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Rights group: Israel covers up torture

Dec. 29, 2009 9:57 P.M. (Updated: Dec. 31, 2009 8:41 A.M.)
Bethlehem – Ma’an – Israel systematically prevents accountability over allegations of torture against its Shit Bet security force, a new report by the Public Committee Against Torture in Israel (PCATI) charges.

The group said the 98-page report “exposes an intolerable reality.”

“Officials at the highest levels of Israel's justice system directly and indirectly thwart the opening of criminal investigations against torture suspects,” the committee said in a statement.

The main finding of the report, titled "Accountability Denied: The Absence of Investigation and Punishment of Torture in Israel" is that Israel has no real mechanism for looking into complaints of torture.

“This results in absolute criminal immunity for interrogators who commit grave crimes,” the committee added. Of hundreds of complaints of torture submitted over the years, PCATI says not one result in a criminal investigation.

The report says that complaints of torture are checked by a General Security Service (GSS) (Shin Bet) agent. “His recommendations [are] not to open a criminal investigation are universally accepted by the high ranking attorney in charge in the Ministry of Justice and by the Attorney General.”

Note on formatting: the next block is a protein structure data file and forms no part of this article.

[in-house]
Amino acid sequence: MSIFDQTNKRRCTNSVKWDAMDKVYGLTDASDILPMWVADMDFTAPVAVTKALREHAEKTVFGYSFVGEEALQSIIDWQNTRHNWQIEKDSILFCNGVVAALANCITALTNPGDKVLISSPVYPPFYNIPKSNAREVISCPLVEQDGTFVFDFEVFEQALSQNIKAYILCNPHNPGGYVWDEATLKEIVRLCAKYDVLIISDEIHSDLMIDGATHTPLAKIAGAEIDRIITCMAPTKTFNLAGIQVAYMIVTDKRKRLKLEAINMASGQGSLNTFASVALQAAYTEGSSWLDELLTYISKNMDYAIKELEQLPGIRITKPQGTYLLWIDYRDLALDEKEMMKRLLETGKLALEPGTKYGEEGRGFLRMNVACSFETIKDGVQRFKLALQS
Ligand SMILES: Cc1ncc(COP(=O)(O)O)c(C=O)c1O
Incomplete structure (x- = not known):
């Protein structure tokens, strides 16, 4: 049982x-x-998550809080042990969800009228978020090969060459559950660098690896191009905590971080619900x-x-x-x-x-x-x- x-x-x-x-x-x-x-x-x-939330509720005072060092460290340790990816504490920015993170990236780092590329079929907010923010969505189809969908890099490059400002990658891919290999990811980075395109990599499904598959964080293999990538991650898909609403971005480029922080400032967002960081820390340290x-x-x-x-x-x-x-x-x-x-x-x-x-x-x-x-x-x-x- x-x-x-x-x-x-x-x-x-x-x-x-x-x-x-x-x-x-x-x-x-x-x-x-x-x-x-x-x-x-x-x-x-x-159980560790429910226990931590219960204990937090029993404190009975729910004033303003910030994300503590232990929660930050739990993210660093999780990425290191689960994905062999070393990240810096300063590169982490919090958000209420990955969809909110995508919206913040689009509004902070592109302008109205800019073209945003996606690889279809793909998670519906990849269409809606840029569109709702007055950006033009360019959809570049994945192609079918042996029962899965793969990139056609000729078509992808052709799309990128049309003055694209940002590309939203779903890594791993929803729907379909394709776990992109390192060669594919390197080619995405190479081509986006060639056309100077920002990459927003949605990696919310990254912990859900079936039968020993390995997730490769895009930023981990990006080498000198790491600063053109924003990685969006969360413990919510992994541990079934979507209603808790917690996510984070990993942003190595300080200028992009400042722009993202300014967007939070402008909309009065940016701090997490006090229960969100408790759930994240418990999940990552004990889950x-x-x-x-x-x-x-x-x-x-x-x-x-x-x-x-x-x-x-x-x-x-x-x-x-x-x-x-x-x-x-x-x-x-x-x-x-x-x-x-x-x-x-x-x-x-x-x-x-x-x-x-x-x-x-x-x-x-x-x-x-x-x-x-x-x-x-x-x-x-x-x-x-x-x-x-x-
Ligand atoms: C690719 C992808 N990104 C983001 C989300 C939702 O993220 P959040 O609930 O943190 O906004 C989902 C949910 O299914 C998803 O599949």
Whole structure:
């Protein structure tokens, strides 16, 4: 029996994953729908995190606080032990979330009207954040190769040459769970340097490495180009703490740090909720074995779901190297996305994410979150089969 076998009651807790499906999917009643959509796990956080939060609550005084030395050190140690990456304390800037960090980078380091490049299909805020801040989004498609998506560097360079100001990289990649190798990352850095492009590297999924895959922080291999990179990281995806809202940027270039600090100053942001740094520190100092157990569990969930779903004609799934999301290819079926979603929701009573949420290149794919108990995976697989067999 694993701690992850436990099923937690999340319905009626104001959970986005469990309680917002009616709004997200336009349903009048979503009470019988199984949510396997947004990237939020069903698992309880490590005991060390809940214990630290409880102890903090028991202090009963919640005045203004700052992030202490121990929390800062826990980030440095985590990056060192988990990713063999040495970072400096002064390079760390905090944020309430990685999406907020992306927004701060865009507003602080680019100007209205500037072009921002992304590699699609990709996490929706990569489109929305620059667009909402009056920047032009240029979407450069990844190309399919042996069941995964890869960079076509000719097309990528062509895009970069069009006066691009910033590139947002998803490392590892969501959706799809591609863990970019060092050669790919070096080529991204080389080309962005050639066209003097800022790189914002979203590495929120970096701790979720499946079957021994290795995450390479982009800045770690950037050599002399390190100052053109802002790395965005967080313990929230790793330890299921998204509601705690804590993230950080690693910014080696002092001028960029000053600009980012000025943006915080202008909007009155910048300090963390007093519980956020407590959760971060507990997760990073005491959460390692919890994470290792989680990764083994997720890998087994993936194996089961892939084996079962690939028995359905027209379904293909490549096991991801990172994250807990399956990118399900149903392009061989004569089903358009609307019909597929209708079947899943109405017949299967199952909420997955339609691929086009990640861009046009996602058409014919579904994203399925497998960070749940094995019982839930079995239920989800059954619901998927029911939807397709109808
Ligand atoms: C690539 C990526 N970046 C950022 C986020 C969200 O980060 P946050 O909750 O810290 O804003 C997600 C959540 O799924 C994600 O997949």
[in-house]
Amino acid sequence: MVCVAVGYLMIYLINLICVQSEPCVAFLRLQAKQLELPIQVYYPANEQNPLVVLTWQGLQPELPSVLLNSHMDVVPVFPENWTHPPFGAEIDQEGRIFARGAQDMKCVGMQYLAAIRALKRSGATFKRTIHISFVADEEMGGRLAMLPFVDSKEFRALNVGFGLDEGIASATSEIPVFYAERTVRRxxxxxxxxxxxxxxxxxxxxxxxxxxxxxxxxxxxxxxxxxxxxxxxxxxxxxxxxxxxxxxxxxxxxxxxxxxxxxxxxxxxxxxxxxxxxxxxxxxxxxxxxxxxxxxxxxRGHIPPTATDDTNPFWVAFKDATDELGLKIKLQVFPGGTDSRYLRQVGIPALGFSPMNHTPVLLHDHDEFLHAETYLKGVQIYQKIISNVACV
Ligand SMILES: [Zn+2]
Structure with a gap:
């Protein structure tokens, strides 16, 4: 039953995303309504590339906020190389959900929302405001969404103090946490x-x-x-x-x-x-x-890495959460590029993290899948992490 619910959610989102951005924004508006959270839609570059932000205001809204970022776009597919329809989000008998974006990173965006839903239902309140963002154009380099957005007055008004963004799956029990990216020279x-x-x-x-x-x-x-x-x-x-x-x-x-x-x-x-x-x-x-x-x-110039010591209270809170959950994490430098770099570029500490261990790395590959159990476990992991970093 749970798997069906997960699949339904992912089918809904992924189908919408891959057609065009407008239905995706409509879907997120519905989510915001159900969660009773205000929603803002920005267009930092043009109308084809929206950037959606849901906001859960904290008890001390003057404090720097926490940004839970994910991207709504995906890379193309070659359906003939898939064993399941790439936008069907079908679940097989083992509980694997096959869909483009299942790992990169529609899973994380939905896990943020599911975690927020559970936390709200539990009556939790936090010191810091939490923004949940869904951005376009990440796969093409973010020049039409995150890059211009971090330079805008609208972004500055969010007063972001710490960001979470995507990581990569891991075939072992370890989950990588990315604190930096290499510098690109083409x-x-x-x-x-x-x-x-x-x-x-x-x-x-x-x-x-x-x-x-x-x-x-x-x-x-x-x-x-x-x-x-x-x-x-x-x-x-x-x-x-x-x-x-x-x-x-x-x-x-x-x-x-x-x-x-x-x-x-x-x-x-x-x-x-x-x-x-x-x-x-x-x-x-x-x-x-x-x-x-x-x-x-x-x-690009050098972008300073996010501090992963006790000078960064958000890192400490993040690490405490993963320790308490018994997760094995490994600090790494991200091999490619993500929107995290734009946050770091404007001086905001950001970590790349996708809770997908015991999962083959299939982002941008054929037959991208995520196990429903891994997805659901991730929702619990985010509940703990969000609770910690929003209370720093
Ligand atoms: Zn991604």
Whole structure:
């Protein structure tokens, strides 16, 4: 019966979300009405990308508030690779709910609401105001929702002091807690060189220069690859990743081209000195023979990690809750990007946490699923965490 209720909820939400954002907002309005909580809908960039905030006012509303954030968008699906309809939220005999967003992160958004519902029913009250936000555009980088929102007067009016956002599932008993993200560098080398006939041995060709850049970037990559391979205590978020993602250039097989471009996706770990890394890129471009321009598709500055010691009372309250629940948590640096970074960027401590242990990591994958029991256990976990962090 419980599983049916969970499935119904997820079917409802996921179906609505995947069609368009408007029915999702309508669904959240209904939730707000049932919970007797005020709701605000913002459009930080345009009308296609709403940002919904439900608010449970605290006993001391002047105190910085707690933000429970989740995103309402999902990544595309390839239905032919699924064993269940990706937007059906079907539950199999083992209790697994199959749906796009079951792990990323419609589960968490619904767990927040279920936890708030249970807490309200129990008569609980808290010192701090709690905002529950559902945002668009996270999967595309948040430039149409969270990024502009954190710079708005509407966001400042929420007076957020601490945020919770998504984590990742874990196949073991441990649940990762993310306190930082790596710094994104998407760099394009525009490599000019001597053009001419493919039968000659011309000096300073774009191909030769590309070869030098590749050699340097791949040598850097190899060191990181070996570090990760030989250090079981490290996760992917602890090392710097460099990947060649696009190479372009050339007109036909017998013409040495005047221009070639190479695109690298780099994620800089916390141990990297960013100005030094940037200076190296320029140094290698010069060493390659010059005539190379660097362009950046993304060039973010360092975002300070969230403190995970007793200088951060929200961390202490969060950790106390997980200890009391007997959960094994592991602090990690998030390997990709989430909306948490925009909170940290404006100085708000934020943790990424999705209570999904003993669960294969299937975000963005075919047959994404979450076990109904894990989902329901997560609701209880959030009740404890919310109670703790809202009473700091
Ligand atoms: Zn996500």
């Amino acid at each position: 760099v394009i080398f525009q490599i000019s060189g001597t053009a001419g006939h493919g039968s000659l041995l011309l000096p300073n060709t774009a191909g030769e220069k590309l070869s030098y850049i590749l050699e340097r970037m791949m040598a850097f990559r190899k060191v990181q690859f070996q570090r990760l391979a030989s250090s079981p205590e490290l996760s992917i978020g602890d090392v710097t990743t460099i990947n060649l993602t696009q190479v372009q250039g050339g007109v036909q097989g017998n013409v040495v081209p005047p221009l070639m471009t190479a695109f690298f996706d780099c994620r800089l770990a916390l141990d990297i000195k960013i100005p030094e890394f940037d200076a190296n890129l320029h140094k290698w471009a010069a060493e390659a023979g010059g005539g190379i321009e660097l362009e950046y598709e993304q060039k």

“In practice, this means that the Attorney General and his assistants provide sweeping approval to use torture in Israel,” according to PCATI.

But the report says this internal checking process is not the only means of preventing accountability. Layers of bureaucracy and legal loopholes also shield potential tortures from investigation.

“GSS employees are protected by layers of concealment, the withholding of information, and immunity shielding them like the layers of an onion,” the report states.

According to the report, Shin Bet agents do not identify themselves by name and often use pseudonyms. They are also exempt from a law requiring that interrogations be documented using audio or videotape.

During interrogation sessions, the report’s authors state, detainees are denied contact with the "outside world," including lawyers or others who could testify in a potential investigation of a complaint of torture.

The report states: “GSS staff place the detainee in a legal situation that denies the opportunity to meet with any other human during the course of the interrogations, and prevent any access to attorneys or any other visitor who is not a GSS employee.”

PCATI also reports that Shin Bet agents routinely remove medical records related to interrogation from a detainee’s file.

A final “layer of protection” stems from a 2002 law that ensures that a GSS agent will not, in the language of the law, “bear criminal or civil liability for any act or omission committed in good faith and in a reasonable manner in the framework of his function and for the purpose of filling the said function.”

In practice the clause serves as another means of granting impunity to security officers, PCATI argues.
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